To try address this, RST commissioned an AMBS team to develop a business model to fix the issues.

A Shared Vision for Rochdale

The Shared Vision for Social Value for Rochdale Borough solution puts the onus on collaboration of the RST anchor institution partners. These are the public service institutions which have come together since 2016 and are partners of the RST initiative.  They are large-scale employers, purchasers of goods and services in the locality and controllers of large areas of land or fixed assets.  Reaching across the housing, education, leisure and health sectors, as well as the local authority, the anchors are rooted in the communities they serve.

The AMBS Team broke the problem down into three deliverables before finding solutions for each one:

Deliverable 1 – A process to create a shared vision amongst the partner organisations and drive the social value agenda for the Borough.
Solution – RST initiates the collection of social value priorities of each anchor partner on a six monthly basis using a bespoke questionnaire aligned to the National TOMS social value framework priorities. Following this a half day facilitated workshop will be held to bring the anchors together to discuss and finalise the social value themes and priorities.  Progress made against the priorities from the previous six months would be reviewed as well as changes to circumstances considered before then setting the objectives for the next six months.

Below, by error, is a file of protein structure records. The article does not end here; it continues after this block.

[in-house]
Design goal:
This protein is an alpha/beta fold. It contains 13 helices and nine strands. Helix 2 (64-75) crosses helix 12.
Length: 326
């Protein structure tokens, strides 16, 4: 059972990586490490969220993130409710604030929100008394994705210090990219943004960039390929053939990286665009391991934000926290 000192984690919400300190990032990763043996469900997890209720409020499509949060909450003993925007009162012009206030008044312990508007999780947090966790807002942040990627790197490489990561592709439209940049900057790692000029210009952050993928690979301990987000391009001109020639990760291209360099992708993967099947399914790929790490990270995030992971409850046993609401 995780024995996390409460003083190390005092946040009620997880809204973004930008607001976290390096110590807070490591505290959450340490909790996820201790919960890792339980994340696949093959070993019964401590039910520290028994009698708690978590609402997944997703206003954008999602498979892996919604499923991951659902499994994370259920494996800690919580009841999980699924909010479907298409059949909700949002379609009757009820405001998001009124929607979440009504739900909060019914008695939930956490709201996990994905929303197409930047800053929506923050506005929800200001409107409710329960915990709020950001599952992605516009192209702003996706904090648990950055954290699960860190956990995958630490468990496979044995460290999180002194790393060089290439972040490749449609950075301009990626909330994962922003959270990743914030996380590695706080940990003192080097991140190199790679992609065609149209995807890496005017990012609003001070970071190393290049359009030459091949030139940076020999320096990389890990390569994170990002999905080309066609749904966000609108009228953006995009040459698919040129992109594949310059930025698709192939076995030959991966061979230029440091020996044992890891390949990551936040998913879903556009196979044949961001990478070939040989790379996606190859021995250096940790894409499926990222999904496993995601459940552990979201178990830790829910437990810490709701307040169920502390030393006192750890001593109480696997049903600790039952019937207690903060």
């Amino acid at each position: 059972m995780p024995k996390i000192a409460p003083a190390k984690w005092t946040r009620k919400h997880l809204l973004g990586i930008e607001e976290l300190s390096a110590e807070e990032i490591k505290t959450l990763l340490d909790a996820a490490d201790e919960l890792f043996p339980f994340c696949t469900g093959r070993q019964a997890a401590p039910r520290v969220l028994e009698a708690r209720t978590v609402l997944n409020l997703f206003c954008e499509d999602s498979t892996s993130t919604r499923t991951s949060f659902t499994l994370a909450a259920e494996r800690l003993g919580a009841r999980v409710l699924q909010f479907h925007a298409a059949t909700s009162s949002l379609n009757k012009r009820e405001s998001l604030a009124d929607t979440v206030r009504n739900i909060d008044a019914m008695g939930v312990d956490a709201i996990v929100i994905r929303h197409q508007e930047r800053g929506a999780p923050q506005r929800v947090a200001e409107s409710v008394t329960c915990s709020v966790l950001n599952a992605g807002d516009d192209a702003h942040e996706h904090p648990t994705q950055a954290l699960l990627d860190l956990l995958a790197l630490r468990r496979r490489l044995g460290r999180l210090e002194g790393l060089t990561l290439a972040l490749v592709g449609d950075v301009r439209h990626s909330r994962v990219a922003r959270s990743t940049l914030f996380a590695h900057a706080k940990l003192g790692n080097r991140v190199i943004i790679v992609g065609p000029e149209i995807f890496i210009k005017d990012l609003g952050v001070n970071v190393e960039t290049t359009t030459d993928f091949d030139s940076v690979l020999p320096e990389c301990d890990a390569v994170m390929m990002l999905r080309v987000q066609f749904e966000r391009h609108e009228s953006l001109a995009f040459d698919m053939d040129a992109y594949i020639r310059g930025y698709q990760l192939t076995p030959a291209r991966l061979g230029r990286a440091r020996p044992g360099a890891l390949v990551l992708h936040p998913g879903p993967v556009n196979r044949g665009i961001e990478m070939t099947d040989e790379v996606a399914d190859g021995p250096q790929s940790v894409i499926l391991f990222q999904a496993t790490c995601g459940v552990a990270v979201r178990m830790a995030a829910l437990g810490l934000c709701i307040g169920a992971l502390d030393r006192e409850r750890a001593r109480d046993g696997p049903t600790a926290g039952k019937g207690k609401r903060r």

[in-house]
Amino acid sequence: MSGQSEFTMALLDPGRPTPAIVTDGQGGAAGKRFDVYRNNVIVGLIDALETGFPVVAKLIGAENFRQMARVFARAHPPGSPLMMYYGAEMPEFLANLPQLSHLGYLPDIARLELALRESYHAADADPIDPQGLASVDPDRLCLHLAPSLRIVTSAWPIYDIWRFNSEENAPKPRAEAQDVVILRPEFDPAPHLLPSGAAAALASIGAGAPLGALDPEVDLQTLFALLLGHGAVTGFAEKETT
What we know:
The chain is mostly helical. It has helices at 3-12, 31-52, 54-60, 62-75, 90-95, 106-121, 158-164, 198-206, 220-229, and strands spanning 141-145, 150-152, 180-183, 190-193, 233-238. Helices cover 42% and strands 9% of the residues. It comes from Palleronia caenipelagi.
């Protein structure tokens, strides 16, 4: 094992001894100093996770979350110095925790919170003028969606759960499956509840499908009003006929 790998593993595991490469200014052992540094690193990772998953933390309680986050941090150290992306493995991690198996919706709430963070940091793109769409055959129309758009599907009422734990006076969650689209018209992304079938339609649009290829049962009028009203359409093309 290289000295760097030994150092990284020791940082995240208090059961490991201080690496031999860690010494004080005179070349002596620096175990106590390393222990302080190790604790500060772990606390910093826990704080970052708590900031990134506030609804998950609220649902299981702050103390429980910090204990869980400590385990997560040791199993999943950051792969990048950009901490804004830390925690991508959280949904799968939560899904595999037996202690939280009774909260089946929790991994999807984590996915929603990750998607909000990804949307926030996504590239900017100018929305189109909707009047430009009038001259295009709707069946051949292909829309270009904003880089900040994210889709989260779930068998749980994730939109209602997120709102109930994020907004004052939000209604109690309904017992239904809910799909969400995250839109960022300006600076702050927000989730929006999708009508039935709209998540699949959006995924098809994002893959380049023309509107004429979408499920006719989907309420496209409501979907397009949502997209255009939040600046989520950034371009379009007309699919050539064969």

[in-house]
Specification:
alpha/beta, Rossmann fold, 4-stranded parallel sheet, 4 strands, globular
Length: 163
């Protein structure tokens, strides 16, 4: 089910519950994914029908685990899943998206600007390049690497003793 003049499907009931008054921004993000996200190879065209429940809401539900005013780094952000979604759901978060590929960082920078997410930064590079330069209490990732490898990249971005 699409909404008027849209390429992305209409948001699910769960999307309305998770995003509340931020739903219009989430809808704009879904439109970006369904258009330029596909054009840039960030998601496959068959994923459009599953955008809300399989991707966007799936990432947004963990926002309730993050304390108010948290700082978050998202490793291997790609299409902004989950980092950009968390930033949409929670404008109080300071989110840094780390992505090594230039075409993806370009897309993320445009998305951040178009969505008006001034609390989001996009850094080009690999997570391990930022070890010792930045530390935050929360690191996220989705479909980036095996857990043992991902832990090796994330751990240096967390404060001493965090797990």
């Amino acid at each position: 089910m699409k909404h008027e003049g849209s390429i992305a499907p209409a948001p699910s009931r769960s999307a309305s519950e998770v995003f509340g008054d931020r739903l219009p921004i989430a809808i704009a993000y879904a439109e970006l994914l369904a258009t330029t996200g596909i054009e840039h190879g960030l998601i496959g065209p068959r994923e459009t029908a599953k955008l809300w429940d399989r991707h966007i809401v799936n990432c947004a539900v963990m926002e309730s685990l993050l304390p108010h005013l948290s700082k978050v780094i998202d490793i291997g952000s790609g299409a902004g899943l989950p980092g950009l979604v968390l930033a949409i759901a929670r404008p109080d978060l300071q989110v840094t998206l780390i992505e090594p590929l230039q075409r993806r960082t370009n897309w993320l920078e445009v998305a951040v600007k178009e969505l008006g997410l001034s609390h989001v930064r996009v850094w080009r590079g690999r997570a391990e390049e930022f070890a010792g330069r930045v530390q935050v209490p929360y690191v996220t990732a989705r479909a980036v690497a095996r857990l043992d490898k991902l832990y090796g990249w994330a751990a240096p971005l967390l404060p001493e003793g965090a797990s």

Deliverable 2 – A solution to allow suppliers to visualise the social value priorities of the Borough and guide their selection of a social value package for inclusion within their bidding processes.
Solution – A website then showcases the shared social value vision identified in deliverable 1. The website will have 4 components (some of which are optional):